Canine periodontal disease (gum disease) is the most common cause of tooth loss and is a source of chronic bacterial infection, contributing to adverse health conditions including kidney failure and endocarditis. Treatment options are limited and their benefits remain uncertain due to a lack of evidence-based research. The cause of canine periodontal disease is accumulation of plaque under the gum line that leads to inflammation and progressive erosion of normal periodontal structures, including the gums, tooth root and supporting facial bones. The first step in the evolution of gum disease is development of a periodontal �pocket;� a gap between the gum line and tooth margin that traps food and bacteria and promotes continued destruction of these supporting structures. In healthy gums the depth of the periodontal space measures less than 2 millimeters. With periodontal disease this space becomes larger, and consensus opinion is that deep pockets promote rapid progression of gum disease. Detection of
Impacted Tooth: A tooth that is prevented from erupting by a physical barrier, usually other teeth. Impaction may also result from orientation of the tooth in an other than vertical position in the periodontal structures.
Immunohistochemical Localization of Osteopontin - A Comparative Study on Periodontally Healthy and Diseased Tooth Root Surface, Julie Toby Thomas, Toby
The authors report the clinical and histologic data on the healing of a severe periodontal lesion obtained in a one-walled intrabony defect using anorganic bovine bone under a bovine peritoneum-derived collagen membrane. Eight months after surgery, a bone-like tissue replaced the lost tissues. A biopsy of this tissue was carried out. In the part of the specimen closer to the residual bony wall of the original defect, anorganic bone particles (ABP) appeared to be surrounded by a layer of newly formed bone; its osteocyte lacunae were colonized by osteocytes from the host, and actively secreting osteoblasts were observed in many microscopic fields. No resorption phenomena were observed in the ABP. Newly formed cementum with actively secreting cementoblasts was present on the tooth surface, and well-oriented fibers inserting in both newly formed cementum and bone were observed. In an area far from residual bone, all ABP did not appear to be surrounded by newly formed bone. Osteocytic lacunae ...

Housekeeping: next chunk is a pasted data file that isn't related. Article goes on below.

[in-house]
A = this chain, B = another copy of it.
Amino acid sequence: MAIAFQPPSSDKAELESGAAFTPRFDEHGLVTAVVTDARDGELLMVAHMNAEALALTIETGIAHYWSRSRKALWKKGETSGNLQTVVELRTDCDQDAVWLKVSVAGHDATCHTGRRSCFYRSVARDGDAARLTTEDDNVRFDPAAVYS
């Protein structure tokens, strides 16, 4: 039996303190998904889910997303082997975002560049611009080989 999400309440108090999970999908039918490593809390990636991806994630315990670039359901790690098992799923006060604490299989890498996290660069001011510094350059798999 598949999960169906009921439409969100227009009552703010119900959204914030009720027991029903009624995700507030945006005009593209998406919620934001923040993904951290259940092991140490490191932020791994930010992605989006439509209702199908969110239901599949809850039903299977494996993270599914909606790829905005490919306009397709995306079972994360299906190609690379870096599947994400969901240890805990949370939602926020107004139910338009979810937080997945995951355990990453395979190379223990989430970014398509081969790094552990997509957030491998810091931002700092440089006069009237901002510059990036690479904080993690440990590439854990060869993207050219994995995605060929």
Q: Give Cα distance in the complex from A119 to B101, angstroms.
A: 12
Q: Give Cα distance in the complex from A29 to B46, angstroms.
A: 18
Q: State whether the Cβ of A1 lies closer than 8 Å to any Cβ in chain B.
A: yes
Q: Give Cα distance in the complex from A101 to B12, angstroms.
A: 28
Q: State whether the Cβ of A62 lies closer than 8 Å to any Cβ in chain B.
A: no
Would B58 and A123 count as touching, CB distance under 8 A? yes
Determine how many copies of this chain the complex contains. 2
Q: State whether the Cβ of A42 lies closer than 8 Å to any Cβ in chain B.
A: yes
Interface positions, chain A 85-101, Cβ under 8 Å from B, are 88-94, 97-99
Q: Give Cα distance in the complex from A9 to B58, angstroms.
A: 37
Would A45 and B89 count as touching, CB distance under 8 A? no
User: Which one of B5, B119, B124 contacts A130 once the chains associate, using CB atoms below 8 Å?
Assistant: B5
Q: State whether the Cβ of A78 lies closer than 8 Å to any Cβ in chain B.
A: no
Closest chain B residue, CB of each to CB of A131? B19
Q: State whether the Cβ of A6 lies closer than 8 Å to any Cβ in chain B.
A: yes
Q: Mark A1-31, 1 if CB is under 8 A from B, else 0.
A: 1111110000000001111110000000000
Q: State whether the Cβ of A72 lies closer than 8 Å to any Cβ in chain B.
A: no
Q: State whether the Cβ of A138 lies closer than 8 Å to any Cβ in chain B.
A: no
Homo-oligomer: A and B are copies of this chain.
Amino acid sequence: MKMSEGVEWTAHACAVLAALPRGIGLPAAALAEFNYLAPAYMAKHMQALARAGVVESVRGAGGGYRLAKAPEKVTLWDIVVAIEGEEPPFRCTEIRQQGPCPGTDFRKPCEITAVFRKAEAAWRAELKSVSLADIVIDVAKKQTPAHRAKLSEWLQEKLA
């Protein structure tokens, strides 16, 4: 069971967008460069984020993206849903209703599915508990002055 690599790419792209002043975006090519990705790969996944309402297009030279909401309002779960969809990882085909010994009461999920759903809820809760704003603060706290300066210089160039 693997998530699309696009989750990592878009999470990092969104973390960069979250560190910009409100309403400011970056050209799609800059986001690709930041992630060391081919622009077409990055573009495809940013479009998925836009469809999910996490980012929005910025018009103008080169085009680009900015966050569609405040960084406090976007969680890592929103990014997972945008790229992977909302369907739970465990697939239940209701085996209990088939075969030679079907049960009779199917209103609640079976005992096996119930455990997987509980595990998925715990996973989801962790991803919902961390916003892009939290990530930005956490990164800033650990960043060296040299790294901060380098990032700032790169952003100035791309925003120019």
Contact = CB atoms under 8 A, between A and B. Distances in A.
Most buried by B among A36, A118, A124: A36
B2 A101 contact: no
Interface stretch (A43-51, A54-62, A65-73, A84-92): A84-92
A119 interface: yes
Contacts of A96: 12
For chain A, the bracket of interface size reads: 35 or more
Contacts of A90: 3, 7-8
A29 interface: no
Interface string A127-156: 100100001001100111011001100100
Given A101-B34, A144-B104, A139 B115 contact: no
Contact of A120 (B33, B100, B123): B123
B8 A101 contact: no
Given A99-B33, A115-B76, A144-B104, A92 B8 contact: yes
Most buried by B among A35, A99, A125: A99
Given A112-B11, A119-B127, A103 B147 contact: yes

Straumann® Emdogain® is a unique gel containing enamel matrix derivative. This mixture of natural proteins can induce biological processes that usually take place during the development of the periodontium and may stimulate certain cells involved in the healing process of soft and hard tissues ...
Periodontal regeneration - true regeneration of the attachment apparatus (new cementum, new periodontal ligament, and new alveolar bone) on a previously diseased root surface when used specifically in the LANAP® Protocol. 510(k) ...
Normal Periodontium and its components including gingiva, periodontal ligament, cementum, alveolar bone. Formation, classification and functions of these components.
TY - JOUR. T1 - Metabolism of cadmium by developing rat molars. AU - Johnson, B. E.. AU - Shearer, T. R.. AU - Whanger, P. D.. PY - 1981/1/1. Y1 - 1981/1/1. UR - UR - M3 - Article. AN - SCOPUS:0019523122. VL - 40. SP - No. 3725. JO - Federation Proceedings. JF - Federation Proceedings. SN - 0014-9446. IS - 3 II. ER - ...
Chirurgia orale complessa di estrazione di ottavo incluso, asportazione di cisti odontogena e applicazione di membrane in CGF con successiva gestione della complicanza di frattura mandibolare durante la guarigione ...